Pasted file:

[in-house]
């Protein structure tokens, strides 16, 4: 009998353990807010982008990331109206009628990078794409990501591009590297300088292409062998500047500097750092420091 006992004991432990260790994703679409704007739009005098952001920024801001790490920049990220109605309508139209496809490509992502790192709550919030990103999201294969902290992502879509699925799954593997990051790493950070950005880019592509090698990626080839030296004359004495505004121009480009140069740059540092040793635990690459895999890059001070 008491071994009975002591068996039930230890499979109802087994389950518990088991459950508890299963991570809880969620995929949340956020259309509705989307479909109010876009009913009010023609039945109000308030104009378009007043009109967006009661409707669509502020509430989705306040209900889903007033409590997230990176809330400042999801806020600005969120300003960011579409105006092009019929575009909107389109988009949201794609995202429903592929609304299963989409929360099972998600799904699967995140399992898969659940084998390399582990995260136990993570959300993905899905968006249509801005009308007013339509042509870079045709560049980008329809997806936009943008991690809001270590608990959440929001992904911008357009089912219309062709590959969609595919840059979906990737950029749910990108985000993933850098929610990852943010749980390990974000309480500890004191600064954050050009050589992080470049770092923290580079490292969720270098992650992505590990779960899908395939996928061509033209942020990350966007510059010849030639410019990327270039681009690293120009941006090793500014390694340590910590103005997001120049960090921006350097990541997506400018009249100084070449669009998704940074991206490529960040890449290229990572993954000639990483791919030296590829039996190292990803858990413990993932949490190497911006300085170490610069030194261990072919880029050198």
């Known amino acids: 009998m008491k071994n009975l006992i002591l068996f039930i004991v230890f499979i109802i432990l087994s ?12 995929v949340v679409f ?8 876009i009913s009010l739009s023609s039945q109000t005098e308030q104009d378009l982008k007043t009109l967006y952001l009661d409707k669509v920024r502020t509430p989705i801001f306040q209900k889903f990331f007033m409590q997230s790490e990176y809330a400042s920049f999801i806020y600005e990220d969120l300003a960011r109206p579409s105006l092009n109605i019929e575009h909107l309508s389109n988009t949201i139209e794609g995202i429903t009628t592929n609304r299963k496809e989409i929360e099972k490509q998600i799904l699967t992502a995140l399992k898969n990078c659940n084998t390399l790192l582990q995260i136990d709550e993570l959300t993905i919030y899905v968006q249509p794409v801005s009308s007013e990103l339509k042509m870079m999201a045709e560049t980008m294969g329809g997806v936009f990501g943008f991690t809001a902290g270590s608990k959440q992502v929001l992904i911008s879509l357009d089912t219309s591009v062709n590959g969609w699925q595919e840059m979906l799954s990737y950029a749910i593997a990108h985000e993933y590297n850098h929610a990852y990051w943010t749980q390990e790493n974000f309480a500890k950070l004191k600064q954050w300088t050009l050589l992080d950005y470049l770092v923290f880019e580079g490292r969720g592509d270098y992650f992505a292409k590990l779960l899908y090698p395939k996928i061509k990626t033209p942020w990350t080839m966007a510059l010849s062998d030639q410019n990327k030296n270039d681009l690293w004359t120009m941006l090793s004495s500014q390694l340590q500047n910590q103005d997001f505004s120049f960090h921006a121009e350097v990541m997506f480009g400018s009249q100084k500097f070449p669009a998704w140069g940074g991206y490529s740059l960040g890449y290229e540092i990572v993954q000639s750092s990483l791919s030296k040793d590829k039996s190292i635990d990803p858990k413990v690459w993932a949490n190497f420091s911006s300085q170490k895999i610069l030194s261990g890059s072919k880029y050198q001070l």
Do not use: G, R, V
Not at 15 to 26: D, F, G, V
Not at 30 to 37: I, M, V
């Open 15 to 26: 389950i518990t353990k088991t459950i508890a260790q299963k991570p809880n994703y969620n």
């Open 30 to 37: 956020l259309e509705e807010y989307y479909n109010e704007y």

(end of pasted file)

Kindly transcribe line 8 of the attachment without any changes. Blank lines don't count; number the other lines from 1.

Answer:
């Open 30 to 37: 956020l259309e509705e807010y989307y479909n109010e704007y």